Asteroid mining labs are circling Earth
Researchers discover natural minimoons orbiting our planet Metal Tech News – Nov. 25, 2020
Last updated 12/1/2020 at 6:56pm
Natural "minimoons" that temporarily orbit Earth may be interesting targets for both scientific study and to practice asteroid mining techniques.
While Earth is orbited by thousands of artificial satellites and one large natural one, the Moon, it has only been recently that scientists have confirmed that small natural objects are also circling our planet.
About eight years ago, researchers at the University of Hawaiʻi Institute for Astronomy predicted that there must be a population of small, natural minimoons that temporarily orbit Earth.
On November 22, a team of 23 researchers from 14 academic institutions announced a study on 2020 CD3, the second minimoon ever discovered.
Kacper Wierzchos and Teddy Pruyne, research specialists at the University of Arizona's Lunar and Planetary Laboratory in Tucson, discovered the minimoon using the 1.5-meter Mt. Lemmon telescope, operated by the Catalina Sky Survey.
Picking out an object like CD3, which is between the size of a small dishwasher and a refrigerator, amongst the artificial "space junk" orbiting Earth is no easy feat.
An object that was thought to be a minimoon discovered earlier this year with University of Hawaiʻi Institute for Astronomy's Pan-STARRS1 survey telescope on Haleakalā, Maui turned out to be just artificial space debris.
The new research paper, however, conclusively shows that 2020 CD3 is a natural object that is likely a fragment of a larger asteroid that orbits the Sun somewhere between Mars and Jupiter. Extensive follow-up observations were needed to accurately determine the object's orbit.
"The high-precision astrometry we obtained from the University of Hawaiʻi 2.2-meter telescope and the Canada-France-Hawaiʻi Telescope on Maunakea was absolutely essential to confirm that 2020 CD3 is a captured asteroid, and not something artificial," said Dora Föhring, a researcher at the University of Hawaiʻi Institute for Astronomy and paper co-author.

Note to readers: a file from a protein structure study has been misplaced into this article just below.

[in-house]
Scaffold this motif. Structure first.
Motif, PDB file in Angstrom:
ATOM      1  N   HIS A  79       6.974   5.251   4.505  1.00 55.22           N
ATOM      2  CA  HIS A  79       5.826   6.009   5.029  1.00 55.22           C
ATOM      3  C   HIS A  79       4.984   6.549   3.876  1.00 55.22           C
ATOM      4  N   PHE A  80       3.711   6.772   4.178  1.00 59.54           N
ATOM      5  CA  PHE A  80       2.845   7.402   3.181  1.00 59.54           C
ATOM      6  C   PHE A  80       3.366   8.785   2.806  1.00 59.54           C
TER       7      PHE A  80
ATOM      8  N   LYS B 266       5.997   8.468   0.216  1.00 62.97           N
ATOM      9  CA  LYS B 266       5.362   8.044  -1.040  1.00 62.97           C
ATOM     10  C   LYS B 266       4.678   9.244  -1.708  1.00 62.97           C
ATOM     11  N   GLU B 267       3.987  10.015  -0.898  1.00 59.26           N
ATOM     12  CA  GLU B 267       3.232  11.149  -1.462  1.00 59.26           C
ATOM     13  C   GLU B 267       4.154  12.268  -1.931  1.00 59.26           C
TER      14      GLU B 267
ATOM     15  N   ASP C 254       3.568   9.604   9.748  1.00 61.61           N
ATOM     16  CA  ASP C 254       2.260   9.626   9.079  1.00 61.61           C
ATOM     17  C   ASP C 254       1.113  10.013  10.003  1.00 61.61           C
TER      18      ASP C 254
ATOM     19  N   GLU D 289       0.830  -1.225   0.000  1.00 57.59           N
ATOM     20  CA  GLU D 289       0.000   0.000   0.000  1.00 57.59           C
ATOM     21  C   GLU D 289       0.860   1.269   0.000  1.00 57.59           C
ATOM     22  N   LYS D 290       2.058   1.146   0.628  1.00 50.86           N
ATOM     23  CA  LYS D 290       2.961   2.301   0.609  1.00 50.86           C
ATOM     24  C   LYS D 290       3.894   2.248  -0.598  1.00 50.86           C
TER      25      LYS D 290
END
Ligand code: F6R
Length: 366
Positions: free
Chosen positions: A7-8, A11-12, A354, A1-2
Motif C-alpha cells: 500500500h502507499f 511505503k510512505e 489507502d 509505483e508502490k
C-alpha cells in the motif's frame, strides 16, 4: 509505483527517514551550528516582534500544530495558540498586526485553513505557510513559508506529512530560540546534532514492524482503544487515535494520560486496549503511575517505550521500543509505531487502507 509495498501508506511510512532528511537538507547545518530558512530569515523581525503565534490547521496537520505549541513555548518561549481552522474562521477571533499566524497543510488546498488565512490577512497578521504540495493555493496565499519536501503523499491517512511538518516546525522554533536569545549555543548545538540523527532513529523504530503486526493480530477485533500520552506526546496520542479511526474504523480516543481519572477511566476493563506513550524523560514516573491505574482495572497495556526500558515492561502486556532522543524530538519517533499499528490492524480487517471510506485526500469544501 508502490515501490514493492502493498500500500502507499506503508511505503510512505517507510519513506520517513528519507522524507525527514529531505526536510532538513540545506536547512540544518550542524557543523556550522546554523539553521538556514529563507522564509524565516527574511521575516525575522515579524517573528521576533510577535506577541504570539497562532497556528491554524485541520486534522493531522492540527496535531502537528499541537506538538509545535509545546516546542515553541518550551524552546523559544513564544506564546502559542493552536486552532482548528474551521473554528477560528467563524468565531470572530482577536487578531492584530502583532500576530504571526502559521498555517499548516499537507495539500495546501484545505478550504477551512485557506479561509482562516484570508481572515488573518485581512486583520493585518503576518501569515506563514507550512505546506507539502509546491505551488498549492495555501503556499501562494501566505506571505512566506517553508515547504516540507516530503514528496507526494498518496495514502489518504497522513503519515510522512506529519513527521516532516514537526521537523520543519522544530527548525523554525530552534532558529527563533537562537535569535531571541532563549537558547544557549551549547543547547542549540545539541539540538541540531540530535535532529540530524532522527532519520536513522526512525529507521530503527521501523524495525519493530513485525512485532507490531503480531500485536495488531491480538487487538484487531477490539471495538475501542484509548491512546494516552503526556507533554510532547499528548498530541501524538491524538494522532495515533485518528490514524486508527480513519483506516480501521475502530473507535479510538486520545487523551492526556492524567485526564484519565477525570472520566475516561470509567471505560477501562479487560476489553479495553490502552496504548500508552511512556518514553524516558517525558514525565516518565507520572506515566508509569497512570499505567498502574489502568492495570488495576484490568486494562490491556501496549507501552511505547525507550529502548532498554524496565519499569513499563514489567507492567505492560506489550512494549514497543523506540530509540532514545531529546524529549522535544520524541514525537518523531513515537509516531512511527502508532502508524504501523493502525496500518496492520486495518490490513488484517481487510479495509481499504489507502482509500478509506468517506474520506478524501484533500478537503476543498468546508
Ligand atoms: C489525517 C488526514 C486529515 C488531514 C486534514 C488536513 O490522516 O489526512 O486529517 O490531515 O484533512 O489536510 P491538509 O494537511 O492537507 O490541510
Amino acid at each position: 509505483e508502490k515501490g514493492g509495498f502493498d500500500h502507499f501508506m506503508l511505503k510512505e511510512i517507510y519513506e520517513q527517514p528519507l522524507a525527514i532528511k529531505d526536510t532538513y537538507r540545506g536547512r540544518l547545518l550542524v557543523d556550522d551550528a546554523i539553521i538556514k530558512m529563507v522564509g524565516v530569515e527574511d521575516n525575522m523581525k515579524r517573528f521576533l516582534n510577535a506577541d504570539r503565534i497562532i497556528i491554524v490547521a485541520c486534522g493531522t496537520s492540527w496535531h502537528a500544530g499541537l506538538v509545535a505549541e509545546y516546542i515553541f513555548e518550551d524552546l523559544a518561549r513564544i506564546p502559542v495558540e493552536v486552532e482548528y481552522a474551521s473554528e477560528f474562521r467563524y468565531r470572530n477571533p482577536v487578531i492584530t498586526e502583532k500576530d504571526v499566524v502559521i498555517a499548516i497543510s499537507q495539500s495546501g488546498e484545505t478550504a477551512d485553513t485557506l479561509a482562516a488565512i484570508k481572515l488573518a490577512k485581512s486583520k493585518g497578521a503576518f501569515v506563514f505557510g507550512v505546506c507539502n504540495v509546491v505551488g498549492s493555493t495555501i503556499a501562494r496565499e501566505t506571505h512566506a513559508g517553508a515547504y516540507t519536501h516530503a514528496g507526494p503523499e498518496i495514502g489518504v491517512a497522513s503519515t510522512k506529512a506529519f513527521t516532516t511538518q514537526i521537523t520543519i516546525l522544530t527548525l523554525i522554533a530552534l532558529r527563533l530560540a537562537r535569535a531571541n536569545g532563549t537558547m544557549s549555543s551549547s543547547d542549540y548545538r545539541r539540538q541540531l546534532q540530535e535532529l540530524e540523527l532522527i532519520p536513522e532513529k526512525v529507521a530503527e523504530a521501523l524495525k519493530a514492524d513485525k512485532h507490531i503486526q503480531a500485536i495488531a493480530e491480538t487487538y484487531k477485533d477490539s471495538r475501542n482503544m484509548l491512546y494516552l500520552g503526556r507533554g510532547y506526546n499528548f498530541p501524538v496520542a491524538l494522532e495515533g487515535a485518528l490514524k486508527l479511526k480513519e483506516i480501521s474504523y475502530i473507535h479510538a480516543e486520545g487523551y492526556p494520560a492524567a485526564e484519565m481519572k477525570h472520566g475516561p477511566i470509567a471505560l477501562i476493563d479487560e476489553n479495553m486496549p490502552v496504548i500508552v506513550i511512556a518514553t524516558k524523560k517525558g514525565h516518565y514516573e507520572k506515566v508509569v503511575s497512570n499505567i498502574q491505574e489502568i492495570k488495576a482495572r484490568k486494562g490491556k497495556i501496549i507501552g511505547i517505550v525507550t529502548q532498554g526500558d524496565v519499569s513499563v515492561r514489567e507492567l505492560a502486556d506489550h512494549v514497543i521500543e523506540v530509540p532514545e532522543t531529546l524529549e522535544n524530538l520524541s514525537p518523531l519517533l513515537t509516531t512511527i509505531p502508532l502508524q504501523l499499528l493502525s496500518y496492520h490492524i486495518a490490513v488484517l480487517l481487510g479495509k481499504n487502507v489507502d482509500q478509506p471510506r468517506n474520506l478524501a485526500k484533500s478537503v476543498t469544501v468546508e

The team's calculations indicate that 2020 CD3 had been orbiting Earth for more than two and a half years, but was only discovered as it made a very close approach to Earth, before being flung back out into an orbit around the Sun.
"It is incredible that modern astronomical telescopes can detect minimoons the size of big boulders as far away as the Moon," said University of Hawaiʻi Astronomer Robert Jedicke, a co-author on the 2020 CD3 research paper.
Jedicke's work showed that, even though it was bright enough to be detected at least half a dozen times in the past few years, there were only one or two opportunities when it was bright enough and moving slowly enough to be discovered.
The University of Hawaiʻi researchers say minimoons pose no danger to Earth, even though about 1 out of every 1,000 meteors that strike our planet are actually tiny minimoons before they enter Earth's atmosphere.
A dishwasher-sized minimoon, which would weigh more than a ton, would yield critical clues about the formation of our solar system and also provide a near-Earth place to test space mining techniques.
"[Minimoons are] outstanding targets for space missions," said Grigori Fedorets, lead author of the paper and a postdoctoral research fellow at the Astrophysics Research Center at Queen's University in Belfast. "Minimoons effectively bring the asteroid belt close to the Earth so that, in astronomical terms, we can reach out and touch them, and potentially collect samples."
"It is difficult to monitor and control spacecraft around distant asteroids where it can take many minutes to verify that a single command has been properly executed," explained Jedicke, who is excited about the opportunity to use minimoons to test asteroid mining technology. "Minimoons are so close to Earth that we can imagine using a joystick at ground control to perform mining operations."
Though 2020 CD3 is now taking its own trajectory through the solar system, University of Hawaiʻi researchers say it is possible that this asteroid will once again be drawn in by Earth's gravitational pull.
In the meantime, Fedorets expects there will be many more minimoons discovered by the Vera C. Rubin Observatory – an 8-meter-class telescope coupled to a 3.2-gigapixel camera – which is under construction in Chile and expected to begin operations in 2022.
The minimoons expected to be discovered by this massive observatory will provide researchers a near-Earth asteroid laboratory and space miners a prospect to practice techniques before applying them to the wider expanse of our solar system.